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Hybrid Circuits with Nanofluidic Diodes and Load Capacitors

Ramirez, P. ; Garcia-Morales, V. ; Gomez, V. ; Ali, M. ; Nasir, S. ; Ensinger, W. ; Mafe, S. (2017)
Hybrid Circuits with Nanofluidic Diodes and Load Capacitors.
In: Physical Review Applied, 7 (6)
doi: 10.1103/PhysRevApplied.7.064035
Article, Bibliographie

Abstract

The chemical and physical input signals characteristic of micro- and nanofluidic devices operating in ionic solutions should eventually be translated into output electric currents and potentials that are monitored with solid-state components. This crucial step requires the design of hybrid circuits showing robust electrical coupling between ionic solutions and electronic elements. We study experimentally and theoretically the connectivity of the nanofluidic diodes in single-pore and multipore membranes with conventional capacitor systems for the cases of constant, periodic, and white-noise input potentials. The experiments demonstrate the reliable operation of these hybrid circuits over a wide range of Membrane resistances, electrical capacitances, and solution pH values. The model simulations are based on empirical equations that have a solid physical basis and provide a convenient description of the electrical circuit operation. The results should contribute to advance signal transduction and processing using nanoporebased iosensors and bioelectronic Interfaces.

Item Type: Article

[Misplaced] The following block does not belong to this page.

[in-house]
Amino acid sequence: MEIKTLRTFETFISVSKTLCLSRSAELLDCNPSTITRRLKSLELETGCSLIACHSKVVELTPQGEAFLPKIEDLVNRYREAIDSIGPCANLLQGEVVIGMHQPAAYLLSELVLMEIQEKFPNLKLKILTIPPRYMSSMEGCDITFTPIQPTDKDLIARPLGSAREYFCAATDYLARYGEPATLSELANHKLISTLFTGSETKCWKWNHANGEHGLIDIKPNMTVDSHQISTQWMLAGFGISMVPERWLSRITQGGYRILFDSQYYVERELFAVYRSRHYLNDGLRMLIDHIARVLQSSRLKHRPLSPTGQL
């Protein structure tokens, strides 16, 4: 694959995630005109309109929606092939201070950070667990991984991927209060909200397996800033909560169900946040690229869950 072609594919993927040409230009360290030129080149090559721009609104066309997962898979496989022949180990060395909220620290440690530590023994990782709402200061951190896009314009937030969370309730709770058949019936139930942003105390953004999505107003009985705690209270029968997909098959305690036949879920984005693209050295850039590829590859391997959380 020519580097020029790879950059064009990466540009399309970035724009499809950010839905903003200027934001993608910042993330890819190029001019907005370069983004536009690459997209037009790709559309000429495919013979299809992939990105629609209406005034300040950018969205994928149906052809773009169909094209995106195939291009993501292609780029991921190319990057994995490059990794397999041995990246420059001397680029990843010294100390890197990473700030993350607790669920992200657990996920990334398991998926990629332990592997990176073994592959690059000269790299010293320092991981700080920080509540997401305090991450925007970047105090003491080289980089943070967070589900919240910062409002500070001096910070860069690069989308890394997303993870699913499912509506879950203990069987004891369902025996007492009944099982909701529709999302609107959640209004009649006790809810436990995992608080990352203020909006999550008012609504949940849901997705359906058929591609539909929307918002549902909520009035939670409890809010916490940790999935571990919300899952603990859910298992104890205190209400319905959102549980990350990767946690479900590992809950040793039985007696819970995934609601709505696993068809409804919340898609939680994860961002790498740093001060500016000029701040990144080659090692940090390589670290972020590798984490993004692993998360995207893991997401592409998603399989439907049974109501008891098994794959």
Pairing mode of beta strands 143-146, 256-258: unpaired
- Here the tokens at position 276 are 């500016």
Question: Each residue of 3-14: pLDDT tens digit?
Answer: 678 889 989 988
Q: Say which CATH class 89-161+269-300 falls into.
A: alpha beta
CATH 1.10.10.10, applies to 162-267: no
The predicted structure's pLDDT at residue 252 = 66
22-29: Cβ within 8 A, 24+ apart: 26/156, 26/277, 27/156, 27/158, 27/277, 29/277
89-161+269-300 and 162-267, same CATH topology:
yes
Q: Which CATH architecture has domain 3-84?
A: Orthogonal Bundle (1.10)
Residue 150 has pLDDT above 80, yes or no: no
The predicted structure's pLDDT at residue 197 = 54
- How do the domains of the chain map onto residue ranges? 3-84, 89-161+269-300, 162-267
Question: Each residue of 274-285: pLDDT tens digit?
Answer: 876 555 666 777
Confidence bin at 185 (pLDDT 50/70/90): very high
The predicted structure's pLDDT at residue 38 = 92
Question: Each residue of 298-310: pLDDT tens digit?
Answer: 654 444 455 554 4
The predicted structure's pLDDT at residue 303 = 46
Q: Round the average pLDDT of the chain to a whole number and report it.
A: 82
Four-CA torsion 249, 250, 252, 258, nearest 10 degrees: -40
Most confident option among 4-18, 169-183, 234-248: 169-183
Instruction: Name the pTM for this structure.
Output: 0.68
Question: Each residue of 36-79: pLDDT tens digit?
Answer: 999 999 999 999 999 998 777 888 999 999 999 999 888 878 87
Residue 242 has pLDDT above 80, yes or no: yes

Erschienen: 2017
Creators: Ramirez, P. ; Garcia-Morales, V. ; Gomez, V. ; Ali, M. ; Nasir, S. ; Ensinger, W. ; Mafe, S.
Type of entry: Bibliographie
Title: Hybrid Circuits with Nanofluidic Diodes and Load Capacitors
Language: English
Date: 30 June 2017
Publisher: APS Publishing
Journal or Publication Title: Physical Review Applied
Volume of the journal: 7
Issue Number: 6
DOI: 10.1103/PhysRevApplied.7.064035
URL / URN: https://doi.org/10.1103/PhysRevApplied.7.064035
Abstract:

The chemical and physical input signals characteristic of micro- and nanofluidic devices operating in ionic solutions should eventually be translated into output electric currents and potentials that are monitored with solid-state components. This crucial step requires the design of hybrid circuits showing robust electrical coupling between ionic solutions and electronic elements. We study experimentally and theoretically the connectivity of the nanofluidic diodes in single-pore and multipore membranes with conventional capacitor systems for the cases of constant, periodic, and white-noise input potentials. The experiments demonstrate the reliable operation of these hybrid circuits over a wide range of Membrane resistances, electrical capacitances, and solution pH values. The model simulations are based on empirical equations that have a solid physical basis and provide a convenient description of the electrical circuit operation. The results should contribute to advance signal transduction and processing using nanoporebased iosensors and bioelectronic Interfaces.

Divisions: 11 Department of Materials and Earth Sciences
11 Department of Materials and Earth Sciences > Material Science
11 Department of Materials and Earth Sciences > Material Science > Material Analytics
Date Deposited: 21 Jul 2017 09:27
Last Modified: 31 Jan 2019 07:01
PPN:
Funders: We acknowledge the support from the Ministry of Economic Affairs and Competitiveness and FEDER (Project No. MAT2015-65011-P)., M. A., S. N., and W. E. acknowledge the funding from the Hessen State Ministry of Higher Education, Research and the Arts, Germany, under the LOEWE project iNAPO.
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